My top 16 of 2009

2009 had an abundance of quality but if you wanted it you had to get away from the studio system and into the Independent and Foreign circuit. 12 of the 17 movies I've chosen were not given a wide release and -in some cases- came and went in the fury of blockbusters available to the mainstream public. I'm not about to call anything the best movie I saw in 2009. The top five changes on a daily basis- all of them can be called singular and unforgettable. I will only know in time which one will be regarded as timeless and my favourite. What makes the first five films below unique and outstanding to any others this year is due to their uniqueness and bold auteurism. They might be flawed but they decided to fly like no other movies released.

1) Up In The Air (Jason Reitman)

Part of the triumph of Jason Reitman's 3rd movie as director is the fact that he manages to sketch out 3 remarkable characters (Clooney, Famriga, Kendrick) in a movie that is possibly the most relevant one of 2009. George Clooney also manages to give another great performance- in a role that would usually make one feel resentful for his character- instead you kind of like him. (he fires people for a living) However, the real star is not Clooney, it's Farmiga, whom I've adored for years now and is finally getting her due with her last few movies becoming instant critical darlings. Reviewed here.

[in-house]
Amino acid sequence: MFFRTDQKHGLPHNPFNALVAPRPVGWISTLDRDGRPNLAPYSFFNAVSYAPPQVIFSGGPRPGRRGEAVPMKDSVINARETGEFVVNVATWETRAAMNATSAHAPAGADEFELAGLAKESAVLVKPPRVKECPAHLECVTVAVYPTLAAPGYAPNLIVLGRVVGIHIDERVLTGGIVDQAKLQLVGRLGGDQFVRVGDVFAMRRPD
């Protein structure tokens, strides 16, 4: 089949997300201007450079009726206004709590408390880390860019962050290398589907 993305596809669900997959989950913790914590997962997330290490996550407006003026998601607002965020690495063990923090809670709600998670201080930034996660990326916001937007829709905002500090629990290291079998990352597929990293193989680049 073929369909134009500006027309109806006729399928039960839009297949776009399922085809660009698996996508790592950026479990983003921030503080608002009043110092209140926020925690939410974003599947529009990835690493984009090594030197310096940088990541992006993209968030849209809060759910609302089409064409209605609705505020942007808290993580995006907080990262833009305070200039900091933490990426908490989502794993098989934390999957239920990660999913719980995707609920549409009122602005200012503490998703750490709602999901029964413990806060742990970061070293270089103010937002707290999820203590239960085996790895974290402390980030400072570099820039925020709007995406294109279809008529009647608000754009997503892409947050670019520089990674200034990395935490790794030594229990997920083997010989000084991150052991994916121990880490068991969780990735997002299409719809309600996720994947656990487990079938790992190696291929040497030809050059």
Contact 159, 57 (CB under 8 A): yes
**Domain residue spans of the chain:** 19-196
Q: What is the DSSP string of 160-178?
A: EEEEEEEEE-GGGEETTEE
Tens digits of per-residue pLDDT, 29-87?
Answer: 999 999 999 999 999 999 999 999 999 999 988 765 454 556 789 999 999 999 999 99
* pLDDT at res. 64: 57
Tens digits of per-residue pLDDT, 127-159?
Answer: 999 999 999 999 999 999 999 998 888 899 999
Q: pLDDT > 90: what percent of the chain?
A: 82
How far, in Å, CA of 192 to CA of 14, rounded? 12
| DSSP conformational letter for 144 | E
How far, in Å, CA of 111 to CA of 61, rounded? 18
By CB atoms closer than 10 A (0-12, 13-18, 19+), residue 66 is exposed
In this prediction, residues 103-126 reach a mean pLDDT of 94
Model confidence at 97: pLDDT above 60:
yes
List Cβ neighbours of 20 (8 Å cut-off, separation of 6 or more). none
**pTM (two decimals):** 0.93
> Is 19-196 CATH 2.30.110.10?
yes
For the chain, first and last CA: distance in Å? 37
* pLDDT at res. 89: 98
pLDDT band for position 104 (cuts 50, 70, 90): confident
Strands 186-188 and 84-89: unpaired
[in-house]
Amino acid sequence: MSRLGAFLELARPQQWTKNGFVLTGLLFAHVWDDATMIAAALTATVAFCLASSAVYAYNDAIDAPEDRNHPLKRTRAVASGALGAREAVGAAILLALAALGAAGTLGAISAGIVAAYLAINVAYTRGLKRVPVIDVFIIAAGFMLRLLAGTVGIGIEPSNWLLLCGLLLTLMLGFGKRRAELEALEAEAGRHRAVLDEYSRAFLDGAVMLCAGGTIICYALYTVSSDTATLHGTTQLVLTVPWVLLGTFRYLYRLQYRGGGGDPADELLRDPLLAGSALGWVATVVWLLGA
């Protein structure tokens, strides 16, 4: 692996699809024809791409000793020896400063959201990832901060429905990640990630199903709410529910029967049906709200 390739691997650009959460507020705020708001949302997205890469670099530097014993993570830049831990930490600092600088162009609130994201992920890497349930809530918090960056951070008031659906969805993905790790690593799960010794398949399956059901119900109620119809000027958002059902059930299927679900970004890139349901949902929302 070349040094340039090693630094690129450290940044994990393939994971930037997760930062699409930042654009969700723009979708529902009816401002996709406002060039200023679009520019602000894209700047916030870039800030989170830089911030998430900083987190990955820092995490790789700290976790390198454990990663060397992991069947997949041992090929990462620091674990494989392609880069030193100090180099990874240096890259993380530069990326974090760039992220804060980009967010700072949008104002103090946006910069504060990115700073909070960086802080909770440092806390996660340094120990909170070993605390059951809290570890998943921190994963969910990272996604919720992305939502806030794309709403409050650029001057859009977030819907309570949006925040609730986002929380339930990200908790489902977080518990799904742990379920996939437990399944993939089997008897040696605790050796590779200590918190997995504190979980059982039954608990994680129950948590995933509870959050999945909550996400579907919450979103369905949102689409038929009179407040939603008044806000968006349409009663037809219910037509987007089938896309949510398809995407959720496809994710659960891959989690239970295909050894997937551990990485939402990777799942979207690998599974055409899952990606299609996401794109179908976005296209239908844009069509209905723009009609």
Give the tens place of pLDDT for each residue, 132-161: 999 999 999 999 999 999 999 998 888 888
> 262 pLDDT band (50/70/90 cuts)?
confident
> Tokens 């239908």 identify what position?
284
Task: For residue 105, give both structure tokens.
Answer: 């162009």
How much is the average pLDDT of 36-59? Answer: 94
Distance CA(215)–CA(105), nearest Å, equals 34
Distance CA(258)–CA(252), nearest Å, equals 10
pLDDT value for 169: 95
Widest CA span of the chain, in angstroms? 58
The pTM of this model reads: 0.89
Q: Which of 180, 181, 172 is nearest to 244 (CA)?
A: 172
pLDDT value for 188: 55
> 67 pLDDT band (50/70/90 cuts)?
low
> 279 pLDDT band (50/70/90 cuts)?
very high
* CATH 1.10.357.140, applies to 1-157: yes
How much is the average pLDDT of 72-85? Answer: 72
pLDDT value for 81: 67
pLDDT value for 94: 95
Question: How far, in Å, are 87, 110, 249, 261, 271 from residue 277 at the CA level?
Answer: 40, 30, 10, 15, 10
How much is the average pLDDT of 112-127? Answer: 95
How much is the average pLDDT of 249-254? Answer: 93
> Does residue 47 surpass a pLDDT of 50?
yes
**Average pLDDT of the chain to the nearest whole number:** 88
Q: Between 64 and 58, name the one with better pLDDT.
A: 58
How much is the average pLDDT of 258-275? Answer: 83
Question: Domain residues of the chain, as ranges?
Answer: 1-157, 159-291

2) The Fantastic Mr Fox (Wes Anderson)

Best Wes Anderson movie. Need I say more? Considered here. It's actually quite surprising that I would say his best movie is an animated one about a rebellious fox that steals chickens for a living but hey that's why I love cinema so damn much, it surprises you in ways you can never expect. The stop motion is just astounding in this one and the humor so good- I recommend watching this on DVD just because you can actually freeze many of its frames and catch the hidden jokes you missed the first time around. Justifiably won Best Animated feature from both the New York and Los Angeles critics.

3) The Hurt Locker (Kathryn Bigelow)